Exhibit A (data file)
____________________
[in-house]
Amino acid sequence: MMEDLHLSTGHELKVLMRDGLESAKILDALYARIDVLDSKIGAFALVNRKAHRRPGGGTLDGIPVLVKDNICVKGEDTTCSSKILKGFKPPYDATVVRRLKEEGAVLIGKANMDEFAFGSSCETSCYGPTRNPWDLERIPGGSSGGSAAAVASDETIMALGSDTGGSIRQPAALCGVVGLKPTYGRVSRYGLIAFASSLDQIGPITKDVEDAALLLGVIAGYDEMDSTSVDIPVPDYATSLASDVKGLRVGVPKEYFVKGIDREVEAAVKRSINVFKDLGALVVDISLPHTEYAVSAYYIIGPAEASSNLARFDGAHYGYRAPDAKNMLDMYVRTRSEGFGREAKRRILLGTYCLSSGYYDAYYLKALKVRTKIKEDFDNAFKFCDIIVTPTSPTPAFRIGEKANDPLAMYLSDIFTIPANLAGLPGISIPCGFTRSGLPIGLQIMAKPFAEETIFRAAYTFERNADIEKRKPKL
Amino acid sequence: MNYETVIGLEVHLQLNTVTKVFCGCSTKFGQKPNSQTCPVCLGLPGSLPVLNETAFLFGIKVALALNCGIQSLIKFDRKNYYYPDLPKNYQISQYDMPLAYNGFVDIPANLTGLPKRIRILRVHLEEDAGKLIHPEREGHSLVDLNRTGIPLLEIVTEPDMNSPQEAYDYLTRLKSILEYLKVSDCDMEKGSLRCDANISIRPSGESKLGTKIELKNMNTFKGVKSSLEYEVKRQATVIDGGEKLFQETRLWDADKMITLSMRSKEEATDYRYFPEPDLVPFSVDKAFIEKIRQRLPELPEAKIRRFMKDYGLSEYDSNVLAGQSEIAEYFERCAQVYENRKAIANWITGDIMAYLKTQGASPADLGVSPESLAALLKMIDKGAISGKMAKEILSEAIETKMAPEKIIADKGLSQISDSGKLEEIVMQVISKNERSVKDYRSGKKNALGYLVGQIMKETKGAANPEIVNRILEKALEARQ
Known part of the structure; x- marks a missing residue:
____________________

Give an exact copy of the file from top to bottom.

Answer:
[in-house]
Amino acid sequence: MMEDLHLSTGHELKVLMRDGLESAKILDALYARIDVLDSKIGAFALVNRKAHRRPGGGTLDGIPVLVKDNICVKGEDTTCSSKILKGFKPPYDATVVRRLKEEGAVLIGKANMDEFAFGSSCETSCYGPTRNPWDLERIPGGSSGGSAAAVASDETIMALGSDTGGSIRQPAALCGVVGLKPTYGRVSRYGLIAFASSLDQIGPITKDVEDAALLLGVIAGYDEMDSTSVDIPVPDYATSLASDVKGLRVGVPKEYFVKGIDREVEAAVKRSINVFKDLGALVVDISLPHTEYAVSAYYIIGPAEASSNLARFDGAHYGYRAPDAKNMLDMYVRTRSEGFGREAKRRILLGTYCLSSGYYDAYYLKALKVRTKIKEDFDNAFKFCDIIVTPTSPTPAFRIGEKANDPLAMYLSDIFTIPANLAGLPGISIPCGFTRSGLPIGLQIMAKPFAEETIFRAAYTFERNADIEKRKPKL
Amino acid sequence: MNYETVIGLEVHLQLNTVTKVFCGCSTKFGQKPNSQTCPVCLGLPGSLPVLNETAFLFGIKVALALNCGIQSLIKFDRKNYYYPDLPKNYQISQYDMPLAYNGFVDIPANLTGLPKRIRILRVHLEEDAGKLIHPEREGHSLVDLNRTGIPLLEIVTEPDMNSPQEAYDYLTRLKSILEYLKVSDCDMEKGSLRCDANISIRPSGESKLGTKIELKNMNTFKGVKSSLEYEVKRQATVIDGGEKLFQETRLWDADKMITLSMRSKEEATDYRYFPEPDLVPFSVDKAFIEKIRQRLPELPEAKIRRFMKDYGLSEYDSNVLAGQSEIAEYFERCAQVYENRKAIANWITGDIMAYLKTQGASPADLGVSPESLAALLKMIDKGAISGKMAKEILSEAIETKMAPEKIIADKGLSQISDSGKLEEIVMQVISKNERSVKDYRSGKKNALGYLVGQIMKETKGAANPEIVNRILEKALEARQ
Known part of the structure; x- marks a missing residue: